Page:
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House Ways and Means Committee Chairman Jason Smith (R-MO) and Oversight Subcommittee Chairman David Schweikert (R-AZ) announced they are looking into political abuses by non-profit organizations. The lawmakers said their initiative could lead to legislation aimed at stopping the use of tax-exempt dollars to fund explicitly political activities.
Their effort creates a small glimmer of hope that Congress could clean up this growing scandal in a bipartisan way. For years, Senate Finance Committee Chair Ron Wyden (D-OR) has pushed for more curbs and transparency for these organizations. And in 2021, progressive senators Sheldon Whitehouse (D-RI) and Elizabeth Warren (D-MA) urged the Treasury to require more disclosure of who gives to these groups, though the department has taken no action.
The good news: If Republicans are outraged by what they see as Democratic abuses and Democrats are offended by perceived GOP abuses, maybe there is a bipartisan opportunity to fix the system.
The bad news: Smith and Schweikert focus their concerns entirely on activities that benefit Democrats and ignore parallel efforts to assist Republican candidates.
And they do more than a little rewriting of history when they say, “The expansion of politics into almost all aspects of life means that activities that were previously considered nonpartisan have been made partisan—legislation and regulation have not kept up.”
In fact, abuses have been going on for decades. They took off after the US Supreme Court’s 2010 ruling in Citizen’s United v. FEC that opened the door to unlimited, secret campaign contributions. And they got a second boost in 2018, when the Trump Administration scrapped most remaining donor disclosure requirements for tax-exempts, though the IRS did little to monitor the groups even before that.
At issue is the role that 501(c)(3) and 501(c)(4) non-profits play in politics. (c)(3)’s are not supposed to be involved in partisan politics at all. The rules for (c)(4) social welfare organizations are murkier. Regulations appear to prohibit their participation in electoral politics. But for decades the IRS has looked the other way as long as politics is not their “primary purpose,” though no one knows exactly what that means either. To see just how long the IRS has been struggling with the issue, read this paper from 1995.
The big problem isn’t the tax-exemption itself. Donors can’t deduct contributions to (c)(4)’s and most political organizations spend everything they take in, so they’d owe no tax in any event. One exception: A few are bringing in so much money they are starting to earn tax-free interest.
The real benefits: While the amount an individual can give directly to a campaign is limited, a single donor can contribute unlimited dollars to political Super PACs. And one way these fat cat benefactors can hide their identities is by funneling political money through (c)(4)s.
Since Citizen’s United, big donors increasingly have used a two-step process to do it.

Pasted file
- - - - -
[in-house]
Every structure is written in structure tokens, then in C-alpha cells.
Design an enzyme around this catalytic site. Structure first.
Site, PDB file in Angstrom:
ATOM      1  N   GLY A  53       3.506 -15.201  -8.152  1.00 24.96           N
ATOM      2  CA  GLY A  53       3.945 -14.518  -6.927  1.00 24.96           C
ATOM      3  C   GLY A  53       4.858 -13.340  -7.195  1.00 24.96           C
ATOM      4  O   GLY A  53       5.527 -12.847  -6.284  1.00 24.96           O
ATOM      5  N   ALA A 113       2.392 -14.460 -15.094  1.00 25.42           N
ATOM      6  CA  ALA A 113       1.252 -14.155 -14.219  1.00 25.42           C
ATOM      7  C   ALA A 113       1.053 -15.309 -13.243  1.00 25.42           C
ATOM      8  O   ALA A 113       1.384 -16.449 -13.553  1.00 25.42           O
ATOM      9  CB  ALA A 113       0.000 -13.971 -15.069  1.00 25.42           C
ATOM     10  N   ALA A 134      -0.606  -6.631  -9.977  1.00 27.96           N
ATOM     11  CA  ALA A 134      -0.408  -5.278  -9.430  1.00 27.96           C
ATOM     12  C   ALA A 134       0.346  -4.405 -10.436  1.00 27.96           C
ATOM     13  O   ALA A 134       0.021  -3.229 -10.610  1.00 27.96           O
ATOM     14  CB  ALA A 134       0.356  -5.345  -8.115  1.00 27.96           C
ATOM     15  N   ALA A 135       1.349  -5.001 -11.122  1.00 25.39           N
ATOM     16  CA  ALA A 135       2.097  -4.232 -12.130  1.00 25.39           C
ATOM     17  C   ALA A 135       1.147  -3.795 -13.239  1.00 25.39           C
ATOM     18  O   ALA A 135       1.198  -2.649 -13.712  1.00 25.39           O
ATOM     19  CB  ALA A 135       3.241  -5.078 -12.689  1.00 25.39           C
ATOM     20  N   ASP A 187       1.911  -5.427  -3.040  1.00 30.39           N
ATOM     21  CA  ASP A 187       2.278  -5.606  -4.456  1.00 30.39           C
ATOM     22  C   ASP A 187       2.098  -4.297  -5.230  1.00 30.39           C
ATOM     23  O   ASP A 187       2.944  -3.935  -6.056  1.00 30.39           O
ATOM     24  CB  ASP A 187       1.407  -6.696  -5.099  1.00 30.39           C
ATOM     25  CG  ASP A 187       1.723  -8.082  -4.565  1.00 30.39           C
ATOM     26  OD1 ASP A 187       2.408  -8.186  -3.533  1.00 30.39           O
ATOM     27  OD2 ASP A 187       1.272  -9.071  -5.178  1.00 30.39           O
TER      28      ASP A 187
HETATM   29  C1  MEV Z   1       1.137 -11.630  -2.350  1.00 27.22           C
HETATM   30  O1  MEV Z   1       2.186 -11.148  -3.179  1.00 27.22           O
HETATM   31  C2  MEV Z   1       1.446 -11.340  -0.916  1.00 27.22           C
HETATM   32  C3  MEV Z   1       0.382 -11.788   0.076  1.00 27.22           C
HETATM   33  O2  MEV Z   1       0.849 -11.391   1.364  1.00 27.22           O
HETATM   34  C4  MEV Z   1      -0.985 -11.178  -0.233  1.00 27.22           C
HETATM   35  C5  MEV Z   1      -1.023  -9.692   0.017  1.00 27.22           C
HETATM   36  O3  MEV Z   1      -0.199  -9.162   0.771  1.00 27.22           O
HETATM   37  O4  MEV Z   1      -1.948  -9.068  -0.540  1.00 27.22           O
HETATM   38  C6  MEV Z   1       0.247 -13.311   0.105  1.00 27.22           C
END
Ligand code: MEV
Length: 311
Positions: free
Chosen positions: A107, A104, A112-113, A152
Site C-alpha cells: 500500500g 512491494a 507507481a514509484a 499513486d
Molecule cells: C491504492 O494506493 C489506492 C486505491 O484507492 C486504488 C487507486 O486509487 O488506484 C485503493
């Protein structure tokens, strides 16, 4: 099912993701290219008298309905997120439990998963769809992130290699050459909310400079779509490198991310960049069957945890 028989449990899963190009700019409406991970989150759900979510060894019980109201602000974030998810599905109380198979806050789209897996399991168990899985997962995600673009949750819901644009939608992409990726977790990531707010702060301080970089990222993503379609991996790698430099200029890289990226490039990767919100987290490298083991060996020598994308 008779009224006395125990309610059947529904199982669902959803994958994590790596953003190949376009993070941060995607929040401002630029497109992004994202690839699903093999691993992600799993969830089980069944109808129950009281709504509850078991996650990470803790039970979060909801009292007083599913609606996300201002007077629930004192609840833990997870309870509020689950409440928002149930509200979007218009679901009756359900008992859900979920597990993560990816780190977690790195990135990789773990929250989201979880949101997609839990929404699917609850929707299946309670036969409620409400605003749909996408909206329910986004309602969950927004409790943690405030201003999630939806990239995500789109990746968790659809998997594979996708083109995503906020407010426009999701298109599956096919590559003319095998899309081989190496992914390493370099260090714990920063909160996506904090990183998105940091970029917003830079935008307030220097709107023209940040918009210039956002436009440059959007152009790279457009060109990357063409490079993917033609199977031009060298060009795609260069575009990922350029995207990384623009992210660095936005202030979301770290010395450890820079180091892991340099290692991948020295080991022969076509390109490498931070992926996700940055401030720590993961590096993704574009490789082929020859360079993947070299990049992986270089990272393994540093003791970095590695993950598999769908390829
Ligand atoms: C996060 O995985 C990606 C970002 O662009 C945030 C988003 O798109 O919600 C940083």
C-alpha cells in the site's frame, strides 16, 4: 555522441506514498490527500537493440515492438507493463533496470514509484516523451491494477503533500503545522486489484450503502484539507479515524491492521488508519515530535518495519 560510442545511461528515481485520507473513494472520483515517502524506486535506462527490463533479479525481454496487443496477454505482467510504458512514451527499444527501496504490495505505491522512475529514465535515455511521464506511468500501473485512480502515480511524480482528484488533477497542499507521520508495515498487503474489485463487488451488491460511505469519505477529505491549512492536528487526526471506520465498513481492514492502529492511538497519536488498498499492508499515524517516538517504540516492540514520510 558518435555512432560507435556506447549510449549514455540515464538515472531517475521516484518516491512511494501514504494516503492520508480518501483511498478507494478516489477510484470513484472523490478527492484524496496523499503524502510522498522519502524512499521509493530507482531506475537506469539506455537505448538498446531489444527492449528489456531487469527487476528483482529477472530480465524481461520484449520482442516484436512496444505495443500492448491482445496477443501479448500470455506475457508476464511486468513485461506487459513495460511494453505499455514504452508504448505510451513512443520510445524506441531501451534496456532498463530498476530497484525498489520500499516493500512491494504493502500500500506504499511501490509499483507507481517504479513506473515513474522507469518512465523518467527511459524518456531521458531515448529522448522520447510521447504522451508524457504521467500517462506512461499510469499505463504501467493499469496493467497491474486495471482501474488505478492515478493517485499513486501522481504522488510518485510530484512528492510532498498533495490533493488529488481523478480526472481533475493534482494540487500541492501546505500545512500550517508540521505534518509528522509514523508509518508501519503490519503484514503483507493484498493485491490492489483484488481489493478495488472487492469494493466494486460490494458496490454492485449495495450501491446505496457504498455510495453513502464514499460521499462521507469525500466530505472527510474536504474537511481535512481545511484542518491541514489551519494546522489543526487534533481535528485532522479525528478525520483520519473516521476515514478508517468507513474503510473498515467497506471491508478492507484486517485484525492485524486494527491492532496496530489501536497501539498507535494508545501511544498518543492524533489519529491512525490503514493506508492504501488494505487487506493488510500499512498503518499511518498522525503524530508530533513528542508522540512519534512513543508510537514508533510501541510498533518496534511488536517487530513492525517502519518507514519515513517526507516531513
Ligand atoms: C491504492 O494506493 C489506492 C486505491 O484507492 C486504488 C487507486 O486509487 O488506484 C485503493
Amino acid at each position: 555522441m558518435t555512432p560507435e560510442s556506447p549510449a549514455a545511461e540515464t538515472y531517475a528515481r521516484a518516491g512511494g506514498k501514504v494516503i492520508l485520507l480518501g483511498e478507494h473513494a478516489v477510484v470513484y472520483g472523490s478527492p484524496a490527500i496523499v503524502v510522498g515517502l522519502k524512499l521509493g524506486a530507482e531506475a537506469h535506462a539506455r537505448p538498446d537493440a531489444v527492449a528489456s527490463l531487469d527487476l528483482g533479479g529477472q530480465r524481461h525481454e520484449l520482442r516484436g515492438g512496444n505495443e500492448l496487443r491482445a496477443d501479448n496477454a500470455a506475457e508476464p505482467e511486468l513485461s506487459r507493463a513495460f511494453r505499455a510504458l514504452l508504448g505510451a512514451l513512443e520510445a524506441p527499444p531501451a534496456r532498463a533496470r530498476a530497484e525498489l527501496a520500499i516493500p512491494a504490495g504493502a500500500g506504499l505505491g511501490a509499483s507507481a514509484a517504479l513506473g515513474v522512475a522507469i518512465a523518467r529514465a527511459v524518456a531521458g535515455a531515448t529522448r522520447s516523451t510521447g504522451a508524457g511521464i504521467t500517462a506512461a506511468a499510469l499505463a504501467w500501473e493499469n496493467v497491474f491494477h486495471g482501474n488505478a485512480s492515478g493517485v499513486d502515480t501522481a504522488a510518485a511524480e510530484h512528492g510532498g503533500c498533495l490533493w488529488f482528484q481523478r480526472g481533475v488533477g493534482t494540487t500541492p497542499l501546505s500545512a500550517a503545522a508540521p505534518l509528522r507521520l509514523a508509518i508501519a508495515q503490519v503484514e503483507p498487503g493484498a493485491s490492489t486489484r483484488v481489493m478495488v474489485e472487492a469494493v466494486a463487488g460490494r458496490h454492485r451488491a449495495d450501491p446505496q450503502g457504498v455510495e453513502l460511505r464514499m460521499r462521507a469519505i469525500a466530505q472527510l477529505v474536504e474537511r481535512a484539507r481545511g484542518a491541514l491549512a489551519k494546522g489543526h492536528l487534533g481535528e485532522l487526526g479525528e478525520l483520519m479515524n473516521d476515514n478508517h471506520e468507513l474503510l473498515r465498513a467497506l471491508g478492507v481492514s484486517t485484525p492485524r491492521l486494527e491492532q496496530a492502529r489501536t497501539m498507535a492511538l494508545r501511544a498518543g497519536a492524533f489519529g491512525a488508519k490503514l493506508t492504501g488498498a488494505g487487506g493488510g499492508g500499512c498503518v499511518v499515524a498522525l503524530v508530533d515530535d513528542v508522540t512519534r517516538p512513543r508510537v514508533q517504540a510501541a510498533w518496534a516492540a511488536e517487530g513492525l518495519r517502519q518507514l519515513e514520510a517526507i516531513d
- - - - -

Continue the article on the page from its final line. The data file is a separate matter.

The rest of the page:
First, they give unlimited funds to dark money (c)(4)’s, which don’t have to disclose the names of their donors. Then, the (c)(4)s pump big bucks into Super PACs, expenditure-only political committees that are supposed to be independent of campaigns but often are not. And the Super PACs don’t have to report the names of donors to the (c)(4)s either.
Here is a particularly egregious example: A tax-exempt called Leadership Action Fund was created on June 22, 2022. In July, a Super PAC was created to support the Oklahoma Senate campaign of a GOP candidate named TW Shannon. According to a complaint by a campaign watchdog group, the tax-exempt, which allegedly reported no charitable activities, contributed more than $620,000 to the Super PAC by Aug 2 on behalf of “unknown persons.”
For their part, Smith and Schweikert pointed to three examples of abuses, mostly focused on (c)(3)’s and all allegedly benefiting Democrats:
- Efforts by a Democratic Super PAC called Mind The Gap to encourage donations to 501(c)(3) groups that boost voter registration among likely Democratic voters.
- Gifts of several hundred million dollars by Meta CEO Mark Zuckerberg and his wife Priscilla Chan to help fund two (c)(3) organizations to “promote safe and reliable voting in states and localities during the COVID-19 pandemic.” Smith and Schweikert claim those groups focused their work in Democratic-leaning areas.
- A $208 million donation by Swiss billionaire Hansjörg Wyss to three nonprofits that in turn funded progressive causes. The GOP lawmakers said the funds were channeled through a (c)(3) and a related (c)(4). Foreign nationals are barred from contributing directly or indirectly to US political campaigns.
But the two lawmakers are, unsurprisingly, ignoring egregious abuses by Republican benefactors (see here and here). And whichever side of the aisle, politics may be the least charitable enterprise imaginable. Tax-exempts have no business bankrolling politicians, directly or indirectly.
Congress should limit the tax exemption to public charities, with full donor disclosure. Or, at the very least, it should prohibit direct or indirect campaign activities by tax-exempts and strictly limit their advocacy role. Social welfare groups have an absolute First Amendment right to say what they want about politics. But they don’t have a right to a tax exemption to do it.
Posts and comments are solely the opinion of the author and not that of the Tax Policy Center, Urban Institute, or Brookings Institution.
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